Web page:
The Utilisation of Public Funds

The public fund is the public’s financial resource that the state manages as a custodian. The impact of how governments manage public funds on economic growth and citizen well-being is referred to as public fund management. Managing public resources entails determining how the government makes money (revenue) and how it spends money (expenditure).

Sources of Public Funds

Taxes, money earned by state enterprises (PSUs), foreign aid, and other sources of revenue are all considered as revenue of the government.

Expenditures of Public Funds

Expenditures include government salaries, purchases of goods and services, infrastructure and public service spending and grants etc.

Principles of Public Fund Utilisation

Public resources should be used to the greatest extent possible for the benefit of the general public. As a result, when managing public resources, public entities (Government) should follow certain principles. The following principles should be demonstrated by public entities when using public funds:

Legality– Government bodies must follow the law and fulfil their legal obligations. After receiving approval from a competent authority, the public fund must be used. Unauthorized spending will inevitably lead to excess and overspending. Furthermore, funds must be used only for the purpose for which they were approved.

Accountability– Government bodies should be held accountable for the use of public funds and should be able to provide complete and accurate accounts of their activities, as well as have appropriate governance and management arrangements in place to address any issues.

Institutions and instruments to ensure accountability

LegislativeFinancial bill, Budget
ExecutiveCAG, Parliamentary committees, Lokpal, Lokayukta, CBI, CVC  
JudiciaryJudicial review  
Civil Society-Questioning through Media, Citizen charter, Social audit, Protests etc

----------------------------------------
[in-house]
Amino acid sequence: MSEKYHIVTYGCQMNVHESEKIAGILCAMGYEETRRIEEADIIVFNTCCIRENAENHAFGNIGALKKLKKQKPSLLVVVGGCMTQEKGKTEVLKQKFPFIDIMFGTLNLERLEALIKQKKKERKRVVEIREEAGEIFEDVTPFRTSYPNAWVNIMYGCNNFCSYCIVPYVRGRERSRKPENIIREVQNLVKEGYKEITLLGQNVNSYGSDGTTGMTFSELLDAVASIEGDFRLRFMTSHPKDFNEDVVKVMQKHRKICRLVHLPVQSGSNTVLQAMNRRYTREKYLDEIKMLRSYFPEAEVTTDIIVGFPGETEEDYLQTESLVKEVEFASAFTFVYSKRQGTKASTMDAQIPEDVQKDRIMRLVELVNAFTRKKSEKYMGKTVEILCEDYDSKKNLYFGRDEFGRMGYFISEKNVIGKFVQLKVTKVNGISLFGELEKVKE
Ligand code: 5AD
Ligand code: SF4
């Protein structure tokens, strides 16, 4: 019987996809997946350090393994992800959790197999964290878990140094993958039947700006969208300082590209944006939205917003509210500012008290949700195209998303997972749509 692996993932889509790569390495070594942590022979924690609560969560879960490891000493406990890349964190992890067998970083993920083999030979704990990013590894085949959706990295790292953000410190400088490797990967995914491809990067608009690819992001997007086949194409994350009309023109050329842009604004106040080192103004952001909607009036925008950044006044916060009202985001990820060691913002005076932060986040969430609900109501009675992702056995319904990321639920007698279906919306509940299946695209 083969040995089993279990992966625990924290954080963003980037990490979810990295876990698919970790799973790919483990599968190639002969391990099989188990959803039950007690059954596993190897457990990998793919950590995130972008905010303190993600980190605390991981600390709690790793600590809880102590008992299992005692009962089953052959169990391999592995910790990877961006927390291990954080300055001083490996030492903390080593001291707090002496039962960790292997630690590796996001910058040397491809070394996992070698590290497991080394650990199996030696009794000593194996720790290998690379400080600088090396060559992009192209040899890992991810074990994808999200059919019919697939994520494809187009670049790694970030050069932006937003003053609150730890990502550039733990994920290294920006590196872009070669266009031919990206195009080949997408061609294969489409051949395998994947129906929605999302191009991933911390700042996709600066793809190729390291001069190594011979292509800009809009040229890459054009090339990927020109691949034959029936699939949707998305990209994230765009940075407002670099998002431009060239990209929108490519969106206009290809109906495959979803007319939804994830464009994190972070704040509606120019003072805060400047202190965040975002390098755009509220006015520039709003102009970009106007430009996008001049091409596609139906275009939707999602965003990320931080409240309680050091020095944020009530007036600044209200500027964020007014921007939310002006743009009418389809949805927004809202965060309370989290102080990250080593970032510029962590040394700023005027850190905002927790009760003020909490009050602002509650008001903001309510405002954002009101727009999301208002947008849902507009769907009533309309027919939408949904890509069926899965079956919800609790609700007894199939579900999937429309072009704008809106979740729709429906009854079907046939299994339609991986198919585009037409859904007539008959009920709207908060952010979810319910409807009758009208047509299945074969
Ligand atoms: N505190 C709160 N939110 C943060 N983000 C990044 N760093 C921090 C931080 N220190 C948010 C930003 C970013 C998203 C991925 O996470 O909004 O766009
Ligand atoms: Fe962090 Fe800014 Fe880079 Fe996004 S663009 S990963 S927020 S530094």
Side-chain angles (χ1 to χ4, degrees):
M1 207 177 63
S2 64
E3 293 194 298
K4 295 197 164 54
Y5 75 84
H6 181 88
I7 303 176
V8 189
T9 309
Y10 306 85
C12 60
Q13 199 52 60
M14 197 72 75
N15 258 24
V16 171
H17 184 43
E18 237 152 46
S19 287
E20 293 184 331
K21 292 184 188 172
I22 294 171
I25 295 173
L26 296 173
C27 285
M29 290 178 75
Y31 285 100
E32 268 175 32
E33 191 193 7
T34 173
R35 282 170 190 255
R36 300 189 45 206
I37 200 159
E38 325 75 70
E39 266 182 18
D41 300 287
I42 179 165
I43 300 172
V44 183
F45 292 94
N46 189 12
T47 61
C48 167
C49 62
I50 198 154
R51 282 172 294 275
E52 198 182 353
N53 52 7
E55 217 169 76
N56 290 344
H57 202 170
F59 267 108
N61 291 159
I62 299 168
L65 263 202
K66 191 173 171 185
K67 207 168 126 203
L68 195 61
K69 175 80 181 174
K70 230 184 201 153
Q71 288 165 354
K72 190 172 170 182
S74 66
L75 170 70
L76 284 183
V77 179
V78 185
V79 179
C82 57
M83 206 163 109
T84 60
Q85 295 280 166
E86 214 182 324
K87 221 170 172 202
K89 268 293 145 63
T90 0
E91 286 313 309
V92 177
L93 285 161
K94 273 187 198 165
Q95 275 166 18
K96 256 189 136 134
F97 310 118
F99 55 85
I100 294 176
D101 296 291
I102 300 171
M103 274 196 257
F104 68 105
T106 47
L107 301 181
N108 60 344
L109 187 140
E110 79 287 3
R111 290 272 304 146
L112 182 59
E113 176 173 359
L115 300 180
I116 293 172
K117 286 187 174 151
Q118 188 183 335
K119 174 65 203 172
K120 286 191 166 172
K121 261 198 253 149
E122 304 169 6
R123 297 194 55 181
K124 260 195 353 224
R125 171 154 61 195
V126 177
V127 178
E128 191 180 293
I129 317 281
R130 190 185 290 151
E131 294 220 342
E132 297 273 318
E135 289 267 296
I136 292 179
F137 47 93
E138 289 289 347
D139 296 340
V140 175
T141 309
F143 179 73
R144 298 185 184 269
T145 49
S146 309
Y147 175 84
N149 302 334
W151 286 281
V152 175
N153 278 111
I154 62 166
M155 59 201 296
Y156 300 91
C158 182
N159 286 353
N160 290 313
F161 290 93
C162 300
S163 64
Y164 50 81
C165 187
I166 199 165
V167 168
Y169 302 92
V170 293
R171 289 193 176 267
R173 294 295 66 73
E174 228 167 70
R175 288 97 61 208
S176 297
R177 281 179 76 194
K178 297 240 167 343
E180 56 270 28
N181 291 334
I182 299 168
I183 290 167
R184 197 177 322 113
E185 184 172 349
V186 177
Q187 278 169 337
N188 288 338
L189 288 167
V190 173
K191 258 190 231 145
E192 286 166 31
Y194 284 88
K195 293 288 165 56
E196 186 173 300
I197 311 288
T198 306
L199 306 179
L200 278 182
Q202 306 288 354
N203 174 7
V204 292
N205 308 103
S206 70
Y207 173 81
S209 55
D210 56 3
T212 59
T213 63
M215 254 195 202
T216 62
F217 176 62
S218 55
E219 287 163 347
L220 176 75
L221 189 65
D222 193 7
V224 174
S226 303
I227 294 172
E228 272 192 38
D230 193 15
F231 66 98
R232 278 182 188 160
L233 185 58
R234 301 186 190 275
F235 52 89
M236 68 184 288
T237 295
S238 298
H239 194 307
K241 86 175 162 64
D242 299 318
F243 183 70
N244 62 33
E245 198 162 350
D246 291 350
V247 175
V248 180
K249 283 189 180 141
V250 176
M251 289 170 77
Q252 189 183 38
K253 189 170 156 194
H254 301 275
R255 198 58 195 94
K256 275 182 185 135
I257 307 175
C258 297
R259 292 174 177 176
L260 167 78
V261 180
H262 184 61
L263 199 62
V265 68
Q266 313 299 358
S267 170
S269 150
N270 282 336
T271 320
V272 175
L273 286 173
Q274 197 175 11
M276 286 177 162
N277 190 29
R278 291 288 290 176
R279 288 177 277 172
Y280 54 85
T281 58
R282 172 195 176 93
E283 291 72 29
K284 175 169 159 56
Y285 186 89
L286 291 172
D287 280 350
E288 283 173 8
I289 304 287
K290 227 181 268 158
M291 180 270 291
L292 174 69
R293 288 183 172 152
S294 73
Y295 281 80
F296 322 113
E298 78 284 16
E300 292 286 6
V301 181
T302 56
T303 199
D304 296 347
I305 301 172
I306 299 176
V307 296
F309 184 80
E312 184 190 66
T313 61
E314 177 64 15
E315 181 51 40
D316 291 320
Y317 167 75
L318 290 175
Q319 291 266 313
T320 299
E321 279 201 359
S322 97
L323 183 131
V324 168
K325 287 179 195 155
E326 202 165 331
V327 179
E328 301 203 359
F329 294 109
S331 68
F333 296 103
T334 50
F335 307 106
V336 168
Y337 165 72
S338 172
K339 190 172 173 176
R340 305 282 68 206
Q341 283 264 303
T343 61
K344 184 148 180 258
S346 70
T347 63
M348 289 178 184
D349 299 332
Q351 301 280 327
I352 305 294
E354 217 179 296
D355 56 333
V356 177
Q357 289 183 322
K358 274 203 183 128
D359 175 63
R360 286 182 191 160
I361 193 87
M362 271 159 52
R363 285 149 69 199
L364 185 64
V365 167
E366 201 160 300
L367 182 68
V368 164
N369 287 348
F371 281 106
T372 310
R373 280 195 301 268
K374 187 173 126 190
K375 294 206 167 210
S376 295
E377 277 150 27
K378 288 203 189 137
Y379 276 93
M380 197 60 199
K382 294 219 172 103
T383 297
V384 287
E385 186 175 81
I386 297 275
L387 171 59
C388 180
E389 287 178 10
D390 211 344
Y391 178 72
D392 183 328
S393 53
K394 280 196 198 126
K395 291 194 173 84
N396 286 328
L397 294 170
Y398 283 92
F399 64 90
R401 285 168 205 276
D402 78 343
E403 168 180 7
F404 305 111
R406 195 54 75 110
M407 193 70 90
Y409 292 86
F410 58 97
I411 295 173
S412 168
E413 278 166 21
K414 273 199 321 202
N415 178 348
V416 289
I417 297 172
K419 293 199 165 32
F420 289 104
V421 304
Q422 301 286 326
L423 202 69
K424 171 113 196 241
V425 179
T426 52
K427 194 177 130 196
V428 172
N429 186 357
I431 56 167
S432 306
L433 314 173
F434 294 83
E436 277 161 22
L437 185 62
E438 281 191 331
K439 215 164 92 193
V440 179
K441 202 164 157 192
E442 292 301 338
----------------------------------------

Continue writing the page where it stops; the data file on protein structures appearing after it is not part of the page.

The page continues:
Transparency and openness are dependent on high reporting and disclosure standards. This has two advantages:

  1. It demonstrates that a public resource is being used appropriately, fairly, and effectively for the greatest public good.
  2. It boosts public confidence in the government.
  • Transparency ensures that authorities acted legally and in accordance with the law. Transparency also ensures that the authority followed the overall principles of equity and fairness and provided the best value for money to the end user.
  • Some government agencies operate in less-than-ideal circumstances, such as when there is no market for providers or when those that are available lack the necessary capability or capacity.
  • These conditions give government entities disproportionate discretion and power. In such situations, transparency is required to ensure that actions are taken in good faith.

Value for money:

  • Public funds must be used effectively and efficiently, with no waste, and in a way that maximises public benefit. All public expenditure must pass one fundamental test, namely, Maximum Social Advantage.
  • That is, by balancing social benefits and social costs, the government should discover and maintain an optimal level of public expenditure. Every dollar spent by a government must have the goal of maximising the welfare of society as a whole.
  • It is essential to ensure that public funds are not used to benefit a specific group or segment of society. The goal is for everyone to be happy.

The value-for-money principle involves several aspects, such as:

  1. Striking a balance between effectiveness and efficiency
  2. Keeping the funding arrangement in place (where this is desirable)
  3. Demonstrating the public entity’s competence.